June 15, 2019
June 15, 2019
June 19, 2019
Pre-College Engineering Education
K-12 STEM education literature reveals that conventional and traditional math, science, and computer programming classes often fail to effectively “do the ‘E’ in STEM”. New grade-level-appropriate curricula are required to address this omission. This paper presents and evaluates a model-rocket-based curriculum implemented in a stand-alone STEM course required for all 9th and 10th graders at a private high school. The project is unique because it melds the following five attributes into an open-ended, hands-on, high-school-level engineering design-and-build project: 1) Design-Build-Test pedagogy; 2) the engineering design process; 3) comprehensive technical coverage of rocket systems; 4) the seven axes of engineering practice; and 5) enabling computer simulations and micro-sensor technology for engineering design and analysis. This novel curriculum is evaluated using an indirect post-activity survey that probes students’ attitudes about STEM fields and self-perceived skills and abilities.
For the project, all students were given identical Estes LoadStar II model kits, commercially available in Educator Bulk Packs. The students’ challenge, framed as a class competition, was to modify the rocket’s design to maximize flight altitude with an Estes C6-5 motor. The instructor first guided students through creating functional digital renderings of the unmodified rocket kit using Rocket Simulator from Apogee Components. Virtual launches of simulated rockets corroborated by data from real launches established an altitude baseline. Students then brainstormed and explored a variety of design modifications using the modeling software to evaluate potential rocket altitude impacts of each change. With inexpensive hand tools available in the STEM classroom, students modified their rocket kits to match the designs they developed in the software. Student-designed and -built rockets were then launched. Flight altitudes were measured directly using an onboard JollyLogic AltimeterThree barometric altimeter carried aloft in the rocket payload section. In every class section, student-customized rockets outperformed the unmodified baseline vehicle.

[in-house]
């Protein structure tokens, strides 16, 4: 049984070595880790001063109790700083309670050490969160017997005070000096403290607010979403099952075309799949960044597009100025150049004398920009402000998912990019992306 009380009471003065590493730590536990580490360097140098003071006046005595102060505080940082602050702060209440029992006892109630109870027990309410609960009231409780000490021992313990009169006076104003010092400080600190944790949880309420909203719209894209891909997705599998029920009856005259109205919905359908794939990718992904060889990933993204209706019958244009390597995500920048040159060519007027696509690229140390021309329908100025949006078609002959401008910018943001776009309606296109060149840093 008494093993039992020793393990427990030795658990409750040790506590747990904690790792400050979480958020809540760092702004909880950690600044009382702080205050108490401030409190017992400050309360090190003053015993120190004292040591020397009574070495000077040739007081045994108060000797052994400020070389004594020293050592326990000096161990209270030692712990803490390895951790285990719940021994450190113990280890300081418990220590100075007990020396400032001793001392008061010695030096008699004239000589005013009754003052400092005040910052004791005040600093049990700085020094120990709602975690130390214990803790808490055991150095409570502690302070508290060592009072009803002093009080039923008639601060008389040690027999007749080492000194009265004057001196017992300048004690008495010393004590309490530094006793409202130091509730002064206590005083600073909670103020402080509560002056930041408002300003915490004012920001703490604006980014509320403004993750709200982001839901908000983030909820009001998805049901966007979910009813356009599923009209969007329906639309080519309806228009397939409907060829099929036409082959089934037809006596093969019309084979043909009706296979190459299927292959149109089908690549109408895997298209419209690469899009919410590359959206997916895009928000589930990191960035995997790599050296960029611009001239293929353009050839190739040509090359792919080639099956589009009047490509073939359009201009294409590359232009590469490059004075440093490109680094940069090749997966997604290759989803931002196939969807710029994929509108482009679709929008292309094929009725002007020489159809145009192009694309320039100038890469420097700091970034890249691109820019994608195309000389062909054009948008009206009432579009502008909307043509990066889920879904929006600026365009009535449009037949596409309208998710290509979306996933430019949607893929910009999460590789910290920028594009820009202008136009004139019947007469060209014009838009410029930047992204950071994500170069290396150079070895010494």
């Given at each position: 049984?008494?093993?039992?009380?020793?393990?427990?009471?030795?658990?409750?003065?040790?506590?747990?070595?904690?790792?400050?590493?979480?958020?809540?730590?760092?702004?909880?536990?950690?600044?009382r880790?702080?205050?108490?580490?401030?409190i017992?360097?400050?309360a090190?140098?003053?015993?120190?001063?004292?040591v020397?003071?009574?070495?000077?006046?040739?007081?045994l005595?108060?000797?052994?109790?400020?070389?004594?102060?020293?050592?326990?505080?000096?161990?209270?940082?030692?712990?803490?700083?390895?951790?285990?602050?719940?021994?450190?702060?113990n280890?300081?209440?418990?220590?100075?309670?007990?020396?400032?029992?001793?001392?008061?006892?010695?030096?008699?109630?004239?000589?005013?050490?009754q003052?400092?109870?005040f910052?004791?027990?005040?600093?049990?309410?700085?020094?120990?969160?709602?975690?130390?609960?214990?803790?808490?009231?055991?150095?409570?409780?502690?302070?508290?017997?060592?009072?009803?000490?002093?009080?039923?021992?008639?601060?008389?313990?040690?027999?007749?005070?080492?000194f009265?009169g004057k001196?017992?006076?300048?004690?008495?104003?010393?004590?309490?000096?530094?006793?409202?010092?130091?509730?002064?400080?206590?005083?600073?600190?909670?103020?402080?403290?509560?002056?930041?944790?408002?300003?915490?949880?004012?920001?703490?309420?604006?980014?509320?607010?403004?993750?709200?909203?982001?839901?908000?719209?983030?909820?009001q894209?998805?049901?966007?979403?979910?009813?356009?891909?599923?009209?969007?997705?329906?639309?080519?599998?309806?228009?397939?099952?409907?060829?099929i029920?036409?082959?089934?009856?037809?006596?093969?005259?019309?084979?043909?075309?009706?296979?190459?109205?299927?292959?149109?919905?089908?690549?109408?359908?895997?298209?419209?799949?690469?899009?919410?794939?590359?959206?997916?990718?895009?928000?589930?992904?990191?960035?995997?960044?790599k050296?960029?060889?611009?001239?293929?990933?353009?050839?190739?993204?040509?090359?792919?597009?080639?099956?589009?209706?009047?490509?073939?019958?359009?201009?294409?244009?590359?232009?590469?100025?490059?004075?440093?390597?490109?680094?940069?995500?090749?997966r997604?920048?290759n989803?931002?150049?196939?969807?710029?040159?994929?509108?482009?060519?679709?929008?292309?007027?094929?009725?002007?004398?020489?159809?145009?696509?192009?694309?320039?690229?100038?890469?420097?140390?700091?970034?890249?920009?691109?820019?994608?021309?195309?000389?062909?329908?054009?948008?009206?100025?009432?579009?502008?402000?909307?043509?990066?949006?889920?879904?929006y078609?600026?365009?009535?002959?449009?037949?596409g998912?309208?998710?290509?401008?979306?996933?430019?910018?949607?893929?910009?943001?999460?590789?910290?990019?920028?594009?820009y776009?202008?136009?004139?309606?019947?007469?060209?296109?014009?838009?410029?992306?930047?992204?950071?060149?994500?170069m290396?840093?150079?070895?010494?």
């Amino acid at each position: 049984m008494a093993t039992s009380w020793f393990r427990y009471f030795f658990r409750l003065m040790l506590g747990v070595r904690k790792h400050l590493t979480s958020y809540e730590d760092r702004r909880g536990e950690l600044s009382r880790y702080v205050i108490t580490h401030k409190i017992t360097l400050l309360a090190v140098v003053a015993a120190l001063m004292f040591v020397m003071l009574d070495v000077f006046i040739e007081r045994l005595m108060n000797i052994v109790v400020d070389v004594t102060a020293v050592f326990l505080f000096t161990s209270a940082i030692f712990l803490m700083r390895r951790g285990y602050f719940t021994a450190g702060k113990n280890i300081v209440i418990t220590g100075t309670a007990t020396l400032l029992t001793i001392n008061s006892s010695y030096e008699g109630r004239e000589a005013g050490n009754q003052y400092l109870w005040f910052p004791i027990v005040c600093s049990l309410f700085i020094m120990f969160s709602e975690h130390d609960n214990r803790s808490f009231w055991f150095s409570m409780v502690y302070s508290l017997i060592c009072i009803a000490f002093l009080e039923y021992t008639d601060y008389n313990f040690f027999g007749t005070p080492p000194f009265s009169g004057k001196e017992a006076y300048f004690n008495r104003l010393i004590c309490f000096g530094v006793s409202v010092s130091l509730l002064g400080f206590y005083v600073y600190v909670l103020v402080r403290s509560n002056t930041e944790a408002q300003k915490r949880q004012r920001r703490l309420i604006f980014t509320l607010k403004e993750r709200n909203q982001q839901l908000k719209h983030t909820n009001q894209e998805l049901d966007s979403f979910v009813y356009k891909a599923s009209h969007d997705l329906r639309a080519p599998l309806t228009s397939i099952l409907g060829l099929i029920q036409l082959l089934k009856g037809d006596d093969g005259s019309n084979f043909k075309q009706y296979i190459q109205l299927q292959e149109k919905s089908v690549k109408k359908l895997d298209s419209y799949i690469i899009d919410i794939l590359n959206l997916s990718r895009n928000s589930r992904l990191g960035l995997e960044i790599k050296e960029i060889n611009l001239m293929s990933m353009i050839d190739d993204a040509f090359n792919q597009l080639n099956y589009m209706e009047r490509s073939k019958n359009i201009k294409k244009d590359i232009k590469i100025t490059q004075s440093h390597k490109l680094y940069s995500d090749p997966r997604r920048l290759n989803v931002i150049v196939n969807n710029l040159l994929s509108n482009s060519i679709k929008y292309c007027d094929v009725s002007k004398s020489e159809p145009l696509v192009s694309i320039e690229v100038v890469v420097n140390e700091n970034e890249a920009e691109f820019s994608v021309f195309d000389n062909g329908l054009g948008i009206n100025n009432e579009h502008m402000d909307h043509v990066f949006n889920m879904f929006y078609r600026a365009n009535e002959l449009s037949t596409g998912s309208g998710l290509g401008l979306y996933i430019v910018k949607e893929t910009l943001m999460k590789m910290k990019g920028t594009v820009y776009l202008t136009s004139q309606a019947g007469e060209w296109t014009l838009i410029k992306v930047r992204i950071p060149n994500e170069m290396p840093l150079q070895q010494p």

At the class’s conclusion, 79 students (out of 107 enrolled) completed a computerized anonymous indirect survey to self-assess their attitudes about the course specifically and engineering in general as a result of the rocket project. Results were lackluster compared to expectations based on similar s novel classroom lesson pedagogical studies previously conducted. Only 54.4% of students reported increased interest in the class over the semester. 62.0% reported improved understanding of the rocket design process. 57.0% reported being able to see interconnections between science, math, engineering, and technology as a result of the course. Despite these disappointing results, anecdotal observation suggested student participants were engaging in effective engineering thinking throughout the project. Reasons explaining middling survey results and discussion of the project’s next steps to improve student responses are described.
Traum, M. J., & Karackattu, S. L. (2019, June), 'It’s Nothing Like October Sky!': Spurring 9th and 10th Graders to Think Like Engineers via Rockets Custom-Designed for Maximum Altitude Paper presented at 2019 ASEE Annual Conference & Exposition , Tampa, Florida. https://peer.asee.org/31918
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